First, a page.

October has been officially designated Family History Month, which makes this the best time of year to ignite—or maybe reignite—your passion for genealogy. You can certainly pay tribute to your heritage in a direct way—by researching your family tree, participating in an indexing project, visiting cemeteries, or interviewing elderly relatives. But there are also countless small and simple ways to weave family history moments into your everyday activities and experiences to foster a spirit of connection and purpose all month long. In the coming weeks on the FamilySearch blog, you’ll find four ideas to help you to incorporate these family history moments, starting with a chance to share what you really think about the people you love most.
Claudio R. M. Costa, “Don’t Leave for Tomorrow What You Can Do Today,” Ensign or Liahona, Nov. 2007, 74.
Idea #1: Capture Compliments
Years ago, my husband and I started a small and simple family tradition, almost by accident. To pass the time on a long road trip, I rattled off all the things I love about my husband, Travis: his unique sense of humor, his work ethic, his strong and capable hands, his unfailing honesty, and his resiliency. He responded with his own spontaneous list of my best qualities, and we both instantly felt light and lifted.
Since then, these compliment exchanges have become a go-to strategy whenever someone needs a pep talk. One of us takes a deep, dramatic breath, then gushes at double speed: “You’re smartfunnyattractive, you smell good, you have a great vocabulary, you have amazing posture—” We have a bit of a laugh, but we also mean what we say. Except maybe for the part about the posture.
We’ve even roped my stepson into this tradition back in his teenage years as well as our 5-year-old daughter. Let me just say this: you haven’t lived until you’ve forced a bored 14-year-old boy to flatter you. And nothing compares to a genuine compliment from a small child, who is modeling what she just heard her parents say to each other: “I love the way you feed me and play with me. You’re the most beautifulest mommy. You’re super strong.”
Sometimes these compliment circles happen only verbally on impromptu occasions, but we’ve also written our lists down on paper, typed them into smartphone apps, put them into lasting keepsakes. When my father-in-law turned 80, for example, my husband, stepson, and I brainstormed a list of 80 things we love about him, and we wrote our list inside his birthday card. Then I turned that list into a scrapbook page featuring a picture of him on his birthday for us to keep and remember. On another occasion, I created an entire scrapbook album filled with lists of all the things we love about important people in our lives: grandparents, cousins, each other, and even our dog.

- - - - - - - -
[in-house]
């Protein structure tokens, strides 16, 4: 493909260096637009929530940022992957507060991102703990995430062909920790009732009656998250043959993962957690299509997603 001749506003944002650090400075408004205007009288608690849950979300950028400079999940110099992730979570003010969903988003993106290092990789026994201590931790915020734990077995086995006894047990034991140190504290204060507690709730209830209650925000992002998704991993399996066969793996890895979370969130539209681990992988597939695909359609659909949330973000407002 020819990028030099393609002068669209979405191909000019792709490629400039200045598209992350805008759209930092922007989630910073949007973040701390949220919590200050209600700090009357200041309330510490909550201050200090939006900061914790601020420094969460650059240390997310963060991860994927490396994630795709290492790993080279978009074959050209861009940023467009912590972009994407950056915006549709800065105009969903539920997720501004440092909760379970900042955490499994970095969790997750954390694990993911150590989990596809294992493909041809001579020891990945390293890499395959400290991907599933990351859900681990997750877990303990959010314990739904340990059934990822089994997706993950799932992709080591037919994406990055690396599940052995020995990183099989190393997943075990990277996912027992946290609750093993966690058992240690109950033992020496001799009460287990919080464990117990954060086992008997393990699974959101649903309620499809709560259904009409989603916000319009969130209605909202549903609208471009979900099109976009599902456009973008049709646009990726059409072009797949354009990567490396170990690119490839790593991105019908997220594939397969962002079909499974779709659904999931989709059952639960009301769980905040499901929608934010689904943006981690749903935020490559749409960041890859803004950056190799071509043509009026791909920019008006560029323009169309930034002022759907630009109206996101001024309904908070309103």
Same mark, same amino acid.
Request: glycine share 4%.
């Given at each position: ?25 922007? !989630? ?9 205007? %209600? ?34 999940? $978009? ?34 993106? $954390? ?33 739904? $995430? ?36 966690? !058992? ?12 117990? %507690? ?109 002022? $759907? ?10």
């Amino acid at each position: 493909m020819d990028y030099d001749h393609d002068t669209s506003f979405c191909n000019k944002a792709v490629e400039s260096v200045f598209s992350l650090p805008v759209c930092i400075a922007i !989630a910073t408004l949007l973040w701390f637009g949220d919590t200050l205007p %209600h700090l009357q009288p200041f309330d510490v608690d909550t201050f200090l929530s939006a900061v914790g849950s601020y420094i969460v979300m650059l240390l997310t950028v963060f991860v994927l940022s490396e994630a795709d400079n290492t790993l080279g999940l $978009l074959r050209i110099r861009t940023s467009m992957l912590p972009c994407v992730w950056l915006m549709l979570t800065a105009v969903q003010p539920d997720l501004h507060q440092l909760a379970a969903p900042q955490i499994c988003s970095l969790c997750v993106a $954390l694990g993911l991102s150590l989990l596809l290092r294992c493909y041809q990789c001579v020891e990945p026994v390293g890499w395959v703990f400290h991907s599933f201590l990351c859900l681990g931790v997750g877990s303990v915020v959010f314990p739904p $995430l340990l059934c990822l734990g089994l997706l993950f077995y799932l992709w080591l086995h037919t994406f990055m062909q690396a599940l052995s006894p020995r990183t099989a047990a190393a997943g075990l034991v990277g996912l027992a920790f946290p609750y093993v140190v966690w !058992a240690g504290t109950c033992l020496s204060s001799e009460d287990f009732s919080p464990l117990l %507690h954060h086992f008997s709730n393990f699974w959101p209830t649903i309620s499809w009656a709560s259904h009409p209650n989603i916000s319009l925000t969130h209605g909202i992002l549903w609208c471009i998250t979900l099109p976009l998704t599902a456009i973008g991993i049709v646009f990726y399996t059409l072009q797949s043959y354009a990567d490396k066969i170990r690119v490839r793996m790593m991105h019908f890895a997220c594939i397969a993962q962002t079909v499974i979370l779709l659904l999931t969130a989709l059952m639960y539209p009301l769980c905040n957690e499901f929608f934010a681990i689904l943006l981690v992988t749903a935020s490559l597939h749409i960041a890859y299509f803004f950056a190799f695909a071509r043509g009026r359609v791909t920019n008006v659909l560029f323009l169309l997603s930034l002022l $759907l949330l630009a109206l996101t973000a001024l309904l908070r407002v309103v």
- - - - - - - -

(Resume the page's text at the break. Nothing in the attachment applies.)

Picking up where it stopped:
Collect kind words about your family members, present and past, then preserve and share the insights you gather.
While relaxing on a road trip or spending time with family on a lazy Sunday afternoon, select one person at a time to be the center of attention—whether they’re in the room with you, across the country or the world, or no longer living. Take turns sharing the things you admire about that person, the qualities that make him or her unique, the physical and personality traits that you love. You can jot your list in a journal or notepad, turn it into a scrapbook page or keepsake, record your thoughts on an audio device, or simply converse and connect verbally.
Make it a Family History Moment
Say you’ve just made a list of attributes and traits that everyone in your family loves about Grandma. Now type it up and add it as a Story to her profile on Family Tree so it will help paint a picture of who she was for future posterity. You can also use the Family Tree app (on iPhone or Android) to make an instant audio recording of your loved ones as they debate Grandma’s best traits.
Invite your social circle to connect with this idea by sharing any insights you gained on Facebook—or post your lists on the FamilySearch Facebook Page using the hashtags #familystories or #familyhistory.
If you have ideas or thoughts to share about this blog series, please leave us a comment. We also invite you connect with FamilySearch on any of our official social media channels.